On the assessment of cardiomechanical function via wearable sensing systems: harnessing population-level patterns and dynamics for robust physiological monitoring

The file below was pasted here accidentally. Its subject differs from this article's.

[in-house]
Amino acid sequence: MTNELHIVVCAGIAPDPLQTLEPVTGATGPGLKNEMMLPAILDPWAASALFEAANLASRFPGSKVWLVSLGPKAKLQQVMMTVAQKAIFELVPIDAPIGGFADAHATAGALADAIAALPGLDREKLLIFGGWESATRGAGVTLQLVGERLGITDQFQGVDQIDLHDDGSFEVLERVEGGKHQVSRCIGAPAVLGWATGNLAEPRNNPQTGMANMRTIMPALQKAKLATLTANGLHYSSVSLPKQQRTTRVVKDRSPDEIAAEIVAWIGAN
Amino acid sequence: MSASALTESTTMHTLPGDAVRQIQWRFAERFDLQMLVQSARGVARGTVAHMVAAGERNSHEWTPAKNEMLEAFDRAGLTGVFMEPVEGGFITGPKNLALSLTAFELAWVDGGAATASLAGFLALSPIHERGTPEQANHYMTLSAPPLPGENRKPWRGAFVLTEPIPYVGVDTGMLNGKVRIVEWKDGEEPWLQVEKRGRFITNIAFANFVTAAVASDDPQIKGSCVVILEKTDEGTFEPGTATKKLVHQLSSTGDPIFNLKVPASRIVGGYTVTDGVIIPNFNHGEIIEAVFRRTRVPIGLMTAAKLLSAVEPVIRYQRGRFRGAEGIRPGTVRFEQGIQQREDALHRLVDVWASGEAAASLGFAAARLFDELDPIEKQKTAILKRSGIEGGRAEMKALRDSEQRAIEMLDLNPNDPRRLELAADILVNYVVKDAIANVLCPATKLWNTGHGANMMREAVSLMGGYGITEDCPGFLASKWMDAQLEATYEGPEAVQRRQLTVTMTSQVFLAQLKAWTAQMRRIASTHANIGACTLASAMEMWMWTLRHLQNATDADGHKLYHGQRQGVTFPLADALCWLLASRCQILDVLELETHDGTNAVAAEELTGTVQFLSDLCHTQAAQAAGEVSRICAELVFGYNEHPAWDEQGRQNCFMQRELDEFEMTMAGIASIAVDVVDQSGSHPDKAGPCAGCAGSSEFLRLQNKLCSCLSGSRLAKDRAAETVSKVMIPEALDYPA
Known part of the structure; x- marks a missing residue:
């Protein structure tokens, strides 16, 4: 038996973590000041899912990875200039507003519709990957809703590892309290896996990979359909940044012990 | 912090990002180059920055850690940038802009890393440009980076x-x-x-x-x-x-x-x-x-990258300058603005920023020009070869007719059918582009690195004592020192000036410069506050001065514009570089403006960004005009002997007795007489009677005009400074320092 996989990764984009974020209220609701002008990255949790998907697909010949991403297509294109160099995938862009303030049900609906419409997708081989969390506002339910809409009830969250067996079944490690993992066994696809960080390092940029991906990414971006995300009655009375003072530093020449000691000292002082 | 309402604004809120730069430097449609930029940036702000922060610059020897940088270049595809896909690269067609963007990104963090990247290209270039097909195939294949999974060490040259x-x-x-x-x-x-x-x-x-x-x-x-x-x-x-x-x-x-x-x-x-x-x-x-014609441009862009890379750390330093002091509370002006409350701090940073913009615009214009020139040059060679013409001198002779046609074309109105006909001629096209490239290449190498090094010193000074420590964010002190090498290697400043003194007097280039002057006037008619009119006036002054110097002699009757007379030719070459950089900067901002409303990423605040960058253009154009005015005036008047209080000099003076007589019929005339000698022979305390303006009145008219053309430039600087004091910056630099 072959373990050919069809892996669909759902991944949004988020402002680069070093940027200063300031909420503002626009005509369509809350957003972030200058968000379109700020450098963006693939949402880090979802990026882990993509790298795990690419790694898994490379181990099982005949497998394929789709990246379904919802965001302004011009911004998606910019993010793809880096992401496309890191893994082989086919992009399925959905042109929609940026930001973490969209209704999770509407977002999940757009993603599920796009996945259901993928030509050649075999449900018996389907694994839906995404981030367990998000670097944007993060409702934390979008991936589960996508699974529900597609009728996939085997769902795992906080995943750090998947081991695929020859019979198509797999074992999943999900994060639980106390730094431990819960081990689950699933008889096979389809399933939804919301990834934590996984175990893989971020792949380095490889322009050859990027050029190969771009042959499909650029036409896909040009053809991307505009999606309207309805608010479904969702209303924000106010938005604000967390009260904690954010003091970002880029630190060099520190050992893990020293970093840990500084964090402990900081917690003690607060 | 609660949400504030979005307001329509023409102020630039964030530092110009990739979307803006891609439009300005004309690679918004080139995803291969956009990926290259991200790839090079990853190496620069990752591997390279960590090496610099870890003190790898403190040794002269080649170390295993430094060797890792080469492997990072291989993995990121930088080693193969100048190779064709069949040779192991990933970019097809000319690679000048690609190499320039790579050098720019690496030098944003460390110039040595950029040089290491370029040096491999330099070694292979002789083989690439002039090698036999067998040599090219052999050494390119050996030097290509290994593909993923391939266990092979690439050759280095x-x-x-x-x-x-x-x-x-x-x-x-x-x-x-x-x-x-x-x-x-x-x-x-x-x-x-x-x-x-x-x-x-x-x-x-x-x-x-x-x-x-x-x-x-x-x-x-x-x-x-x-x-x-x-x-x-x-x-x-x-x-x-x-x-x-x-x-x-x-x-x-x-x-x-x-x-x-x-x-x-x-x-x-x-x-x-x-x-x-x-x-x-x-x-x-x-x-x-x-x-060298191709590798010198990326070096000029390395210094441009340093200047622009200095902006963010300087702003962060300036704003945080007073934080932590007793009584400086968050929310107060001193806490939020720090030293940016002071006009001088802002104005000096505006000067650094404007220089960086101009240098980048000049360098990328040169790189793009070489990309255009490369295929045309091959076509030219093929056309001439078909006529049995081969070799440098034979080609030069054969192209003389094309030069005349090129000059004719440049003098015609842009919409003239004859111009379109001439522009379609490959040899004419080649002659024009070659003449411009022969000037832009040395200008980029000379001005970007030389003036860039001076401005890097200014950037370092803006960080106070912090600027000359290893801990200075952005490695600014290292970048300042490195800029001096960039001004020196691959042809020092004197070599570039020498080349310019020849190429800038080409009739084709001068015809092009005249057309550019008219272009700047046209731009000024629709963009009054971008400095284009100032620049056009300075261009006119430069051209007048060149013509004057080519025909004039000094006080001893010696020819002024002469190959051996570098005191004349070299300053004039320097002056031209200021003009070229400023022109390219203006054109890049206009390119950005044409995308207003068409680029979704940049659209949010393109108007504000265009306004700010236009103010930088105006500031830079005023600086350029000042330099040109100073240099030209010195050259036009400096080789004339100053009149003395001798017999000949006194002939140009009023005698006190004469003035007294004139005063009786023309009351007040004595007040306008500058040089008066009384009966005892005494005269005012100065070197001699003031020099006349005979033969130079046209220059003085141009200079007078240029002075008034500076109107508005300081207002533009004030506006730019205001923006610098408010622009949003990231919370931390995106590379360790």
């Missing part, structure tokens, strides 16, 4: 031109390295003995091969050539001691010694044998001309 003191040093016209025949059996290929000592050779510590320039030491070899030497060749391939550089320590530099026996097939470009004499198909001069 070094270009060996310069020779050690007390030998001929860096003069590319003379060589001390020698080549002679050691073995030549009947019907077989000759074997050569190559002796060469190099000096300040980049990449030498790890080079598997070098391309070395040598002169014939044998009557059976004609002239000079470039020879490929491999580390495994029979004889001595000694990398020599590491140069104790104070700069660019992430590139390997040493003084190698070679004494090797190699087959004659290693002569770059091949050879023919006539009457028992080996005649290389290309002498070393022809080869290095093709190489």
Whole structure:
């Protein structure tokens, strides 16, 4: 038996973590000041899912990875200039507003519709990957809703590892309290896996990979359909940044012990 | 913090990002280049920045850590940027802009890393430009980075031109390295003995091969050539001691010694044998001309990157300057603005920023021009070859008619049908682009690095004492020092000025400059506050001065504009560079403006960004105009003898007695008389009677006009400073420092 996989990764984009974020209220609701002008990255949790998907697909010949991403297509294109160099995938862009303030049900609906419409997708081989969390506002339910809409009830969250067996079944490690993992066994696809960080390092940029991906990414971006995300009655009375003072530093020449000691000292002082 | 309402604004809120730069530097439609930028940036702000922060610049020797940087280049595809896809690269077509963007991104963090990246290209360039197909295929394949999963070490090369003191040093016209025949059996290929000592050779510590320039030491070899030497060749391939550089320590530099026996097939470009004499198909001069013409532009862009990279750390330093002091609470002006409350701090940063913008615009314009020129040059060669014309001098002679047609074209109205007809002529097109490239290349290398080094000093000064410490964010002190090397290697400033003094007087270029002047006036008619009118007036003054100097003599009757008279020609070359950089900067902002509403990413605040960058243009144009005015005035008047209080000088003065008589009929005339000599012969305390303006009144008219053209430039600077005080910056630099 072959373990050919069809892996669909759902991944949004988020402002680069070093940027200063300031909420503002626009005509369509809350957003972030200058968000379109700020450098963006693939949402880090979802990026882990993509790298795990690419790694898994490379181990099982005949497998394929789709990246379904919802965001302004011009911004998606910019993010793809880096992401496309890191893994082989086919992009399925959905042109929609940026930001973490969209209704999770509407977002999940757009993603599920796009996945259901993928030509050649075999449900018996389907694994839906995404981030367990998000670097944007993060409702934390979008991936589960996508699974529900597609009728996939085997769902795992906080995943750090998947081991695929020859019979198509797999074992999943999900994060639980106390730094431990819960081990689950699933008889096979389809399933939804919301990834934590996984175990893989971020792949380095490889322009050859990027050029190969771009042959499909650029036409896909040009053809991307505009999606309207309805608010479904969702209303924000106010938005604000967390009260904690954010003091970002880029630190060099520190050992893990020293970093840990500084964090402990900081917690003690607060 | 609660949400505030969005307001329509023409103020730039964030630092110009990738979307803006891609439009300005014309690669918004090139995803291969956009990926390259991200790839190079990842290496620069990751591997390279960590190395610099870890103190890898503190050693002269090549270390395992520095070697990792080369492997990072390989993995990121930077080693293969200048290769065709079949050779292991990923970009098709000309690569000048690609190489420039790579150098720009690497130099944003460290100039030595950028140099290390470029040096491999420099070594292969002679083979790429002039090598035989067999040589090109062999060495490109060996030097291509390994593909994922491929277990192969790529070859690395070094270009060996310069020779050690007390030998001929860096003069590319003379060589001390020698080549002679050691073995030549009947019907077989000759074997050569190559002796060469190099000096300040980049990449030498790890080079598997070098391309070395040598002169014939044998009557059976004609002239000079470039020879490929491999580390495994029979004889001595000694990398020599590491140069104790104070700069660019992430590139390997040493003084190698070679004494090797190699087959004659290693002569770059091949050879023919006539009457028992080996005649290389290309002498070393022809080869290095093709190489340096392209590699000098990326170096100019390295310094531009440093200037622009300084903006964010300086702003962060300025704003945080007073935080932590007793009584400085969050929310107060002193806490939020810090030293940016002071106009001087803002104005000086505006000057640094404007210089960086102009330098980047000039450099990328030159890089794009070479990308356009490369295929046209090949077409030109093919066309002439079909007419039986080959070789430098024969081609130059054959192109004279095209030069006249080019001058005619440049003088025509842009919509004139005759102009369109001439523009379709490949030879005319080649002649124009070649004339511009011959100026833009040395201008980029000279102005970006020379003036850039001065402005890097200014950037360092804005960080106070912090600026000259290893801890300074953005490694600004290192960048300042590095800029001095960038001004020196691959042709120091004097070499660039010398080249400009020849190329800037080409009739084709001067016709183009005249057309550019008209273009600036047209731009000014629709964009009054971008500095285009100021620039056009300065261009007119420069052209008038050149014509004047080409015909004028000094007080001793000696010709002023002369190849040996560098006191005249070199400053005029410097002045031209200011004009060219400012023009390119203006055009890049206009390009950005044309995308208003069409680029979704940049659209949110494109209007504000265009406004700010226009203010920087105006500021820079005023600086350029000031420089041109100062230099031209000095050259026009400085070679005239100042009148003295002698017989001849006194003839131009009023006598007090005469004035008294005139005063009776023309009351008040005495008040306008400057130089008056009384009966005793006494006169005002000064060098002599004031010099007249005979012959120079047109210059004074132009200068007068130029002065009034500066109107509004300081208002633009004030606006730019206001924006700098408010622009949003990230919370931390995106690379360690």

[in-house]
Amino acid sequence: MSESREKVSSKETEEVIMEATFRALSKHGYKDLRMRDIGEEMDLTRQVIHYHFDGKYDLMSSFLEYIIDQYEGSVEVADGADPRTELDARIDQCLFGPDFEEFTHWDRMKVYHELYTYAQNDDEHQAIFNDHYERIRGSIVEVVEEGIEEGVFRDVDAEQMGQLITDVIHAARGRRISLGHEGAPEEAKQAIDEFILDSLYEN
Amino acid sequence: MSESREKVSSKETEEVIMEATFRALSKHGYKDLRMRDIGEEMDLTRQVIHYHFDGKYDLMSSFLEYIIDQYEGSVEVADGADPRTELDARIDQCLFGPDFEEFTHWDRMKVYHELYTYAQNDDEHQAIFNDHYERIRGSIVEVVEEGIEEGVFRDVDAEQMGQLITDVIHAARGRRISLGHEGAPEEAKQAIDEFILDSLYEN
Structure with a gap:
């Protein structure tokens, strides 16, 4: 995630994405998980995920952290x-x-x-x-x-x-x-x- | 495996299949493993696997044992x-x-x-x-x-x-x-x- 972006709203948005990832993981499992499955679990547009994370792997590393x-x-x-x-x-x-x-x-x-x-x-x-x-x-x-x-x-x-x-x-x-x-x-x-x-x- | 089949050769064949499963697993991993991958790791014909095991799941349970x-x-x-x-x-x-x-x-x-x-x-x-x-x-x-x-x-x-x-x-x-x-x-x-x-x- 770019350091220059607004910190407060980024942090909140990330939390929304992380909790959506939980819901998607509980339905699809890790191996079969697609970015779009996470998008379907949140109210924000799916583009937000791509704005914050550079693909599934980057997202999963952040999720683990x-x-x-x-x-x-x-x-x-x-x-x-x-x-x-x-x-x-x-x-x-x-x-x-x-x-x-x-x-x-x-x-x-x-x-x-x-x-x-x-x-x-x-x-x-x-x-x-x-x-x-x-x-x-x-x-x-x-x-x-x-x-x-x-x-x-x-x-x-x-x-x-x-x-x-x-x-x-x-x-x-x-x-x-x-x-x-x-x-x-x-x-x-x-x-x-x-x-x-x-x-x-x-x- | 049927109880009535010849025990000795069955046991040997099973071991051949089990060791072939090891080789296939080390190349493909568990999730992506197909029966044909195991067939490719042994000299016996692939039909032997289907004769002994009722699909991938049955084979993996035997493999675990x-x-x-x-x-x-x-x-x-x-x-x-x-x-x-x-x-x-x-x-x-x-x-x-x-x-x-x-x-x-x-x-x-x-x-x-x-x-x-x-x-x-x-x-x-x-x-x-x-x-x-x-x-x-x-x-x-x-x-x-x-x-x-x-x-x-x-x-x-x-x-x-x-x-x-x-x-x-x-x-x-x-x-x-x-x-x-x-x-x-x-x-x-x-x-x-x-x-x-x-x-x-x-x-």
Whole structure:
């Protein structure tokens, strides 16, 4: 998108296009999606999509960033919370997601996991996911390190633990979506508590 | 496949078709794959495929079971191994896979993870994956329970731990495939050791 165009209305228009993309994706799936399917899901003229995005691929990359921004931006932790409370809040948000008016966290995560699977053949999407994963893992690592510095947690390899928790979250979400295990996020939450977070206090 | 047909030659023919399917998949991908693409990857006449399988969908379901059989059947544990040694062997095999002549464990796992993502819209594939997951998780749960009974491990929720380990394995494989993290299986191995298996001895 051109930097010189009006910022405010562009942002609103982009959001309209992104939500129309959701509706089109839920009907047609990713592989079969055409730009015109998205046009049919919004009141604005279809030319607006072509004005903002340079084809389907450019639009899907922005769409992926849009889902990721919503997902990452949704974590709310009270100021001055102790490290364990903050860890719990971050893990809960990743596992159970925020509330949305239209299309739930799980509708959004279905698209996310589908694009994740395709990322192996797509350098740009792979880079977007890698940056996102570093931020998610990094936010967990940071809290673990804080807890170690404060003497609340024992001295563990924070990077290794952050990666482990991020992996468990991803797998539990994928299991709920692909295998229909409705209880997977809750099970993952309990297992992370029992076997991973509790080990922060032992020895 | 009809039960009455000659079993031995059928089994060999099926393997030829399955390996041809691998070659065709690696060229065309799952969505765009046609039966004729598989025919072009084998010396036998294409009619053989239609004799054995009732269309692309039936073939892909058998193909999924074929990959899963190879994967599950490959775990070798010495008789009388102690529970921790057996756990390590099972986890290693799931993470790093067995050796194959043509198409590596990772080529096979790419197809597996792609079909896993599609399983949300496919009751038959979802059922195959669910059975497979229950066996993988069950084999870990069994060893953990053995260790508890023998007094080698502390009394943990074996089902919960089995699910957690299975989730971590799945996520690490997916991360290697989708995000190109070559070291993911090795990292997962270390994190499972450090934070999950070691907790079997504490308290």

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The objective of this research is to provide a mathematical and conceptual foundation for the processing and analysis of cardiomechanical signals. We begin by exploring a potential clinical application of this technology, using a multi-modal wearable system to accurately track the progression toward hypovolemic shock in an animal model of hemorrhage. In this manner, we demonstrate the potential for cardiomechanical sensing to enable data-driven triage and management of trauma injury. Capturing these signals from wearable systems, however, is a difficult task, creating a barrier to widespread application. To enable more robust analysis of these signals, we begin by presenting a unified method of determining signal quality and localizing the position of the cardiomechanical sensors on the chest wall by analyzing population-level patterns in signal morphology. Next, we develop and explore the idea that observed cardiomechanical signals – while noisy and complex in the time domain – derive from a simple low-dimensional dynamic process. By understanding and modeling these dynamics, we may perform more robust extraction of physiological data from these signals, as well as enabling higher-level tasks such as algorithmic compensation for sensor misplacement.